NFL Betting: Examining Kyler Murray’s Touchdown and Yardage Props

The Arizona Cardinals decided to massively overhaul their offense for 2019. They started by hiring a new, offensive-minded head coach in Kliff Kingsbury, and then they proceeded to load up on offensive pieces in the draft, highlighted by selecting Kyler Murray with the first overall pick, and picking up four new pass-catchers for their young new quarterback.

With all of the hype surrounding last year's Heisman Award-winner, it's no surprise that the FanDuel Sportsbook already has two Kyler Murray prop bets up in their Specials section. You can bet on whether Murray will have over (-200) or under (+150) 3,100.5 regular season passing yards and whether he'll have over (-140) or under (+110) 17.5 regular season passing touchdowns.

Over 3100.5 Regular Season Passing Yards (-200)

The Cardinals' offense in 2019 is going to look completely different than it has in recent years, so we can't really draw from their previous performances to predict their future outcomes. However, we do have a solid sample of how Kliff Kingsbury coaches an offense -- Kingsbury spent six years as the head coach and play-caller for the Texas Tech Red Raiders.

What we can tell from Kingsbury's tenure at Texas Tech is that he calls a ton of pass plays. Texas Tech's offenses averaged a whopping 48.3 pass attempts per game in his time there. Extrapolated to a full NFL season, that would add up to 772.8 pass attempts in a season.

Obviously the pro game is different from the NCAA level, and it's unlikely that we'll actually get to see a team attempt that many passes in a single season -- even with the trend towards a more pass-happy NFL in recent years. There has only been one season in NFL history in which a quarterback attempted more than 700 passes -- Matthew Stafford attempted 727 passes in 2012 -- and over the last six seasons the league-leaders in total team pass attempts have averaged 665.7 attempts per season.

Even with Kingsbury's new offense likely to lean on the pass, it would be unreasonable to assume he and Murray will shatter the existing single-season pass attempt record.

Instead, we can project the Cardinals offense to look more like some of the pass-oriented offenses we've seen in recent years.

At Texas Tech, Kingsbury's teams had a pass to run ratio of 1.44, even though at the college level, sacks are also counted towards a team's rushing numbers. The NFL averaged a pass to run ratio of 1.33 in 2018, meaning we can expect Kingsbury to be well above average when it comes to calling pass plays. And since the average NFL offense has averaged 560.18 pass attempts per year over the last five seasons, a conservative estimate for Kingsbury being pass-happy in his first year could be around 600 pass attempts.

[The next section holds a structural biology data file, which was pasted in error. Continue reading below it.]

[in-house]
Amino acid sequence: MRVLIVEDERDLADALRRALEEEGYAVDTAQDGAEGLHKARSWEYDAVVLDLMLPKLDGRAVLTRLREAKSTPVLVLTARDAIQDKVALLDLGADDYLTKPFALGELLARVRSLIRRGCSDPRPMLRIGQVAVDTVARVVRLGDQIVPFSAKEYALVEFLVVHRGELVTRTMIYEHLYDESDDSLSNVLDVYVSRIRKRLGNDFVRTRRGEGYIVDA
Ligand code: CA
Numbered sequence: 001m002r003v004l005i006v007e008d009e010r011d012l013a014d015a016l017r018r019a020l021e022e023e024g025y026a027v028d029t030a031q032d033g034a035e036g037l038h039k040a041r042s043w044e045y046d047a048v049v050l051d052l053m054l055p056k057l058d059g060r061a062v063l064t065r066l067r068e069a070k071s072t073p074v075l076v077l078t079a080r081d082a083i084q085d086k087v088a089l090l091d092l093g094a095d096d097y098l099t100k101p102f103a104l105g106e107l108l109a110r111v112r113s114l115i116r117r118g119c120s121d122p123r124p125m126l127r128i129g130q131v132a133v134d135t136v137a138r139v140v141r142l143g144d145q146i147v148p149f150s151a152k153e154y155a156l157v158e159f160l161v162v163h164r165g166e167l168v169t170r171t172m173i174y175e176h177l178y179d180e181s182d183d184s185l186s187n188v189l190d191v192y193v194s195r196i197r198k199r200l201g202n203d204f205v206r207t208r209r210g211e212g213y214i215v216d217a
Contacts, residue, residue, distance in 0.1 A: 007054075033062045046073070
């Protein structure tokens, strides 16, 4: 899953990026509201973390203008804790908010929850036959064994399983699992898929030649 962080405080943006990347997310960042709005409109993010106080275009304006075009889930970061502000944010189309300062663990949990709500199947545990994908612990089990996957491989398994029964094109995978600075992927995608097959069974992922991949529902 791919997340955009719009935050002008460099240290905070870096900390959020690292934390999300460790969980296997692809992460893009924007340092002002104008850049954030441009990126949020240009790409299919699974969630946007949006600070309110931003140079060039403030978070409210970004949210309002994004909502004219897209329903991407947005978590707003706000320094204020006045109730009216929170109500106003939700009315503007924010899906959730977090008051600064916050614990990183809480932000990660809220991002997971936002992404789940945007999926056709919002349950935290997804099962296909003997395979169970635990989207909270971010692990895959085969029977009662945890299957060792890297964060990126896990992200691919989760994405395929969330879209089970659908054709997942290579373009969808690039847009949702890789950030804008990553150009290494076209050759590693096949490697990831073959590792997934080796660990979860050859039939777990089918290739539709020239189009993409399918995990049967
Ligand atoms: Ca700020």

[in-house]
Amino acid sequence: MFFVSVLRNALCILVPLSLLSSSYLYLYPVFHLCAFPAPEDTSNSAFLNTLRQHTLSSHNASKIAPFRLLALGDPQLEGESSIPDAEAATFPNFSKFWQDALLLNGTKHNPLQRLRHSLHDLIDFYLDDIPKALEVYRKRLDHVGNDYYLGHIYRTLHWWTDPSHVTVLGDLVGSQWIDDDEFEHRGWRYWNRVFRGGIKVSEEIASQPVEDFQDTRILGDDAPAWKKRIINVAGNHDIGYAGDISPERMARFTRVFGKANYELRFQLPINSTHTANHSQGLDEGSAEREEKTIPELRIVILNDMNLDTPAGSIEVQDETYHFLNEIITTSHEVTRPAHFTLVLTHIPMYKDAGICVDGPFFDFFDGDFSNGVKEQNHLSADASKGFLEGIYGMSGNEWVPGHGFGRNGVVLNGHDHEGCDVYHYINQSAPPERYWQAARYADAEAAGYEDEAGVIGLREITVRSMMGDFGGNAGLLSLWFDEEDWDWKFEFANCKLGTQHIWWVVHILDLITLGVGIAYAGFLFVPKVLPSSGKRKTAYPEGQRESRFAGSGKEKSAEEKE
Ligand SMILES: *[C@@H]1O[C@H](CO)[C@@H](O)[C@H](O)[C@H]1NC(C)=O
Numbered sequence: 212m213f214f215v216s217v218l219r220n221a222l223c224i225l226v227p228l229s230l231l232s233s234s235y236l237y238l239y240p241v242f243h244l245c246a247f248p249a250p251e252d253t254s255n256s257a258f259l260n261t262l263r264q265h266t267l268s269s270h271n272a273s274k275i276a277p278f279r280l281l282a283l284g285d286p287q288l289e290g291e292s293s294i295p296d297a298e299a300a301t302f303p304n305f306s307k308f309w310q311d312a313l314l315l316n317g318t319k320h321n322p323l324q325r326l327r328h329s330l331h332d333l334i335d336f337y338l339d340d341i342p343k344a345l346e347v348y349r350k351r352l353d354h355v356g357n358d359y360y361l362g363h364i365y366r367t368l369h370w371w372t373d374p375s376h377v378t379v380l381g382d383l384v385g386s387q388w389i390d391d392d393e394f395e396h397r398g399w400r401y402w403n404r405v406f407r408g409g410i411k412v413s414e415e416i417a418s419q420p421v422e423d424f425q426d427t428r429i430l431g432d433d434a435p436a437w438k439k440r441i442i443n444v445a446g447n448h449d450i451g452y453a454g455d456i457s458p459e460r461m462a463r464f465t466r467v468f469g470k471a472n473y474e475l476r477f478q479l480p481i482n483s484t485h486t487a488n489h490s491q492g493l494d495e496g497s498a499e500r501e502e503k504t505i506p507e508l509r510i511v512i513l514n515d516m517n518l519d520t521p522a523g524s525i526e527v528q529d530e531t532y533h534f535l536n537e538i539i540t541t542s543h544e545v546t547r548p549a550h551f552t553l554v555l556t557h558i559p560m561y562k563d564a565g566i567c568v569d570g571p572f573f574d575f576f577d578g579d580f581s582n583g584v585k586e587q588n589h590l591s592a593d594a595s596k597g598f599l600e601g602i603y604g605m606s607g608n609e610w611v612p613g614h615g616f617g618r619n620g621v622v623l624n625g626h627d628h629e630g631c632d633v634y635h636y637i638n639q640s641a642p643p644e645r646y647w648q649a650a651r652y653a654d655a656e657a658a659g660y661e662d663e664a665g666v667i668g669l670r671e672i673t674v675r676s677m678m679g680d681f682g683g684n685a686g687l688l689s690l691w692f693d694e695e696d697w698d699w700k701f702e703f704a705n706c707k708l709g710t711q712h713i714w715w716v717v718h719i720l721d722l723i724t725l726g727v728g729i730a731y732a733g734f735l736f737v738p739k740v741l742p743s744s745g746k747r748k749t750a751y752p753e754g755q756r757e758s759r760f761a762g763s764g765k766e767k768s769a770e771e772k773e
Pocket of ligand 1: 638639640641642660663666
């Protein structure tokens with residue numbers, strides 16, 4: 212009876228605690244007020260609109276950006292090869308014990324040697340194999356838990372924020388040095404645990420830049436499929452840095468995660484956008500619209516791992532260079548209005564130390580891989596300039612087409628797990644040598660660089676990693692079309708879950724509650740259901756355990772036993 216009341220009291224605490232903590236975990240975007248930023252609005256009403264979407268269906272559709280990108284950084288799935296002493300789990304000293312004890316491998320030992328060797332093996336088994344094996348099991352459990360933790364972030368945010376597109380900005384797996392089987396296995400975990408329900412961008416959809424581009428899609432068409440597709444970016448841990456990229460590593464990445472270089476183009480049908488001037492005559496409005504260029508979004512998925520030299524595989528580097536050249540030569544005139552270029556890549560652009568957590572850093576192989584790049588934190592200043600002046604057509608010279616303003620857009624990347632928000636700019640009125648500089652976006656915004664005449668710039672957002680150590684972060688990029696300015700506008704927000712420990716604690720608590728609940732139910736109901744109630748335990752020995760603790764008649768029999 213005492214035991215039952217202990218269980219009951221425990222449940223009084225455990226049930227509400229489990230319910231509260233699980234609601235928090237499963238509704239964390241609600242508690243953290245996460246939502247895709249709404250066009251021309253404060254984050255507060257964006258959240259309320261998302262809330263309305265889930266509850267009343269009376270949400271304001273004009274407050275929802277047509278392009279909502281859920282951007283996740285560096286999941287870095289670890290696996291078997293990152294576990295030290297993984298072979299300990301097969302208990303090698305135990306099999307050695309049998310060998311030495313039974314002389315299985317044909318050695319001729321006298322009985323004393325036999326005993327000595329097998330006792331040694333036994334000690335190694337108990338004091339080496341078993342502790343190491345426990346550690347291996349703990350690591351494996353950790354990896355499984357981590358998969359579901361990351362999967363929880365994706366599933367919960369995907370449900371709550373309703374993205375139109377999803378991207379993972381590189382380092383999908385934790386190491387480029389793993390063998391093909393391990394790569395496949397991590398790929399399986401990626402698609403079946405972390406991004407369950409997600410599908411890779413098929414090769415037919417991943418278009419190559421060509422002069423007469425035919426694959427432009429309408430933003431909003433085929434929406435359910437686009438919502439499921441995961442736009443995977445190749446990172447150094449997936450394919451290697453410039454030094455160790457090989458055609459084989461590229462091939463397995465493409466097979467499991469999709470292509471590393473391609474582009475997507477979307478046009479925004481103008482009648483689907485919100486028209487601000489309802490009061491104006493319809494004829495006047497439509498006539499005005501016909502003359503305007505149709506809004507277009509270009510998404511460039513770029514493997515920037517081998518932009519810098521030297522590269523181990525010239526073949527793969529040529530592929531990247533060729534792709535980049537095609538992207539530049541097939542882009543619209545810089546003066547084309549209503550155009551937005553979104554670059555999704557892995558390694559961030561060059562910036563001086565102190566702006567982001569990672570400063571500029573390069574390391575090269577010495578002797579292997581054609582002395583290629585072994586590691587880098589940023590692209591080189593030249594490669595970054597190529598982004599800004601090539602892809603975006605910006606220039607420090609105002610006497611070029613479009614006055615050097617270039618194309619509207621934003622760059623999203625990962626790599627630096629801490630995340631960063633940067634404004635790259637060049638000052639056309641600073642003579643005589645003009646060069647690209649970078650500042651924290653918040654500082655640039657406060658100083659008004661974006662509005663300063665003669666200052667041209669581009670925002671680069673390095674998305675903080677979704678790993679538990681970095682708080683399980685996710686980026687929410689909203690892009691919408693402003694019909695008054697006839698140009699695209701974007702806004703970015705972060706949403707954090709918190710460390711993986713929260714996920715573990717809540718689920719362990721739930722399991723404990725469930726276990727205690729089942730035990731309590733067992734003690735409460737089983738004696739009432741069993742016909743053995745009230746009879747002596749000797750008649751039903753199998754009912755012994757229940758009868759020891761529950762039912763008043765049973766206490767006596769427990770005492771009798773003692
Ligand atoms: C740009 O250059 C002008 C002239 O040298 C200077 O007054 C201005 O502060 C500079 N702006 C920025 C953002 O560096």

That estimate is conservative because if we assume Kingsbury's play-calling ratio remains the same in the NFL and assume the Cardinals run around the league's five-year average number of plays per season (1,019.66) in 2019, that would project the Cardinals to attempt 708.1 passes over the course of the season

We can also assume with relative certainty that,barring injury, those pass attempts will all go directly to Murray. With just Brett Hundley and someone named Chad Kanoff on the team's quarterback depth chart, Murray should be the team's Week 1 starter, and he's not likely to give up that position.

There have been 59 seasons in which a quarterback attempted 600 or more passes. Every single one of those quarterbacks exceeded the 3,100.5 passing yard mark set as the over/under for Murray's rookie year. Of those 59 seasons, the fewest passing yards any quarterback had in that time was Drew Bledsoe back in 1995, with 3,507 passing yards.

Murray has the potential to become a future star -- just check out Jim Sannes' recent profile on the young quarterback if you need help understanding the hype -- but even if he struggles in his rookie season, the expected passing volume from Cliff Kingsbury's offense should be enough to help the young quarterback clear the over on this prop bet.

Over 17.5 Regular Season Passing Touchdowns (-140)

The passing touchdowns prop bet is a little more difficult to project, as evidenced by the much closer betting odds than the odds in the passing yardage prop.

Even if passing volume -- which there should be plenty of -- fuels passing touchdown projections, touchdowns are naturally a much more high-variance event.

Since 2001, rookie quarterbacks drafted in the first round have averaged a touchdown rate -- or the percentage of their throws that go for touchdowns -- of 3.54%. So assuming Murray is able to produce like an average first-round quarterback, and assuming he'll throw the ball roughly 600 times, we'd get a quick projection of 21.24 passing touchdowns in 2019.

It's a rare occurrence for a rookie quarterback to throw 18 or more touchdowns in their rookie season -- it's only happened 24 times in the history of the NFL -- but it's also becoming more common as the league shifts towards passing offenses and as NFL front offices continue to improve at evaluating quarterback prospects. 13 of those 24 seasons occurred since 2010, meaning more quarterbacks have accomplished this feat in the last 9 seasons than they did in the previous 90 years.

Murray won't need Deshaun Watson's insane rookie season touchdown efficiency to hit the Over on this prop bet, thanks to how often we can expect him to drop back. The Arizona Cardinals are in position for heavy passing volume, and that volume should buoy Murray's counting stats over these lines.